Dissociating likability and source monitoring in the hybrid evaluative conditioning source monitoring paradigm with a context effect

Niederberger, Robert (2011). Dissociating likability and source monitoring in the hybrid evaluative conditioning source monitoring paradigm with a context effect Honours Thesis, School of Psychology, The University of Queensland.

       
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Author Niederberger, Robert
Thesis Title Dissociating likability and source monitoring in the hybrid evaluative conditioning source monitoring paradigm with a context effect
School, Centre or Institute School of Psychology
Institution The University of Queensland
Publication date 2011-10-12
Thesis type Honours Thesis
Supervisor Emeritus Professor Mike Humphreys
Total pages 83
Language eng
Subjects 1701 Psychology
Abstract/Summary The underlying mechanism of evaluative conditioning is unknown and continues to be debated. Humphreys, Tangen, Cornwell, Quinn and Murray (2010) proposed that evaluative conditioning is a result of breakdown in memory recall, with recent conditioning interfering with prior memories of an objects valence. This breakdown was a result of valence towards an object, as a result of evaluative conditioning, being stored in episodic memory which interfered with previous information regarding an objects valence. The authors hypothesised that non-valence information about pairs would also be stored in episodic memory. This study aimed to examine the theory of a breakdown in memory access control by testing differences in memory process between likability ratings and source monitoring. Experiment 1 used the hybrid evaluative conditioning source monitoring task (Humphreys et al. 2010) to test dissociation between source monitoring and likability responses, through a context effect. We hypothesised that both source monitoring and likability results would have a context effect. Results found that while there was a trend towards a context in both source monitoring and likability, only with source monitoring could we conclude a possible context effect. It was believed that the lack of significant results in likability ratings of novel brand names did not differ significantly from neutral as a result of the perception that likability ratings were a meaningless task. Experiment 2 addressed the motivation to evaluate a CS by substituting neutral brand names with good-bad words. Replicating the likability condition of experiment 1, we hypothesised that there would be a context effect. However, there was no context effect or evaluative conditioning. The results indicate a demand characteristic that operates when there is no alternative basis for evaluating the likability of words, but disappears when there is an alternative basis for evaluation. We conclude that likability ratings are insufficient in measuring evaluative conditioning because of the demand characteristic influencing the rating.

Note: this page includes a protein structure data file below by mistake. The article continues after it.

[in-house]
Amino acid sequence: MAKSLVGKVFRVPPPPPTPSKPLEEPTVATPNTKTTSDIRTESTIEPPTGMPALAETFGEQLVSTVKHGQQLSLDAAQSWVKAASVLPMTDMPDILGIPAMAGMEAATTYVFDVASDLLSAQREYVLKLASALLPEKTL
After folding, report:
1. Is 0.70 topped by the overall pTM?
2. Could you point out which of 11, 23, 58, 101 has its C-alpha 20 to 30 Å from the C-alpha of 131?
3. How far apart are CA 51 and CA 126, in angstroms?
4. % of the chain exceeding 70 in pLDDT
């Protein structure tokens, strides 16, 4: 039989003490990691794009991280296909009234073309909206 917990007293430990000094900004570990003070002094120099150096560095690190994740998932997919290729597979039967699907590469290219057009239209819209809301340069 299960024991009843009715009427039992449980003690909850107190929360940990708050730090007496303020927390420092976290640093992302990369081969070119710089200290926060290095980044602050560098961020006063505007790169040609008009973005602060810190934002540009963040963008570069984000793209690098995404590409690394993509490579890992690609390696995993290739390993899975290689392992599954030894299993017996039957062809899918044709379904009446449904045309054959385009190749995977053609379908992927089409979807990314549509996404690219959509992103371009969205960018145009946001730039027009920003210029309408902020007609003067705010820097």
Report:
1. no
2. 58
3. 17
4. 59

Keyword Evaluative conditioning
Breakdown in memory recall

 
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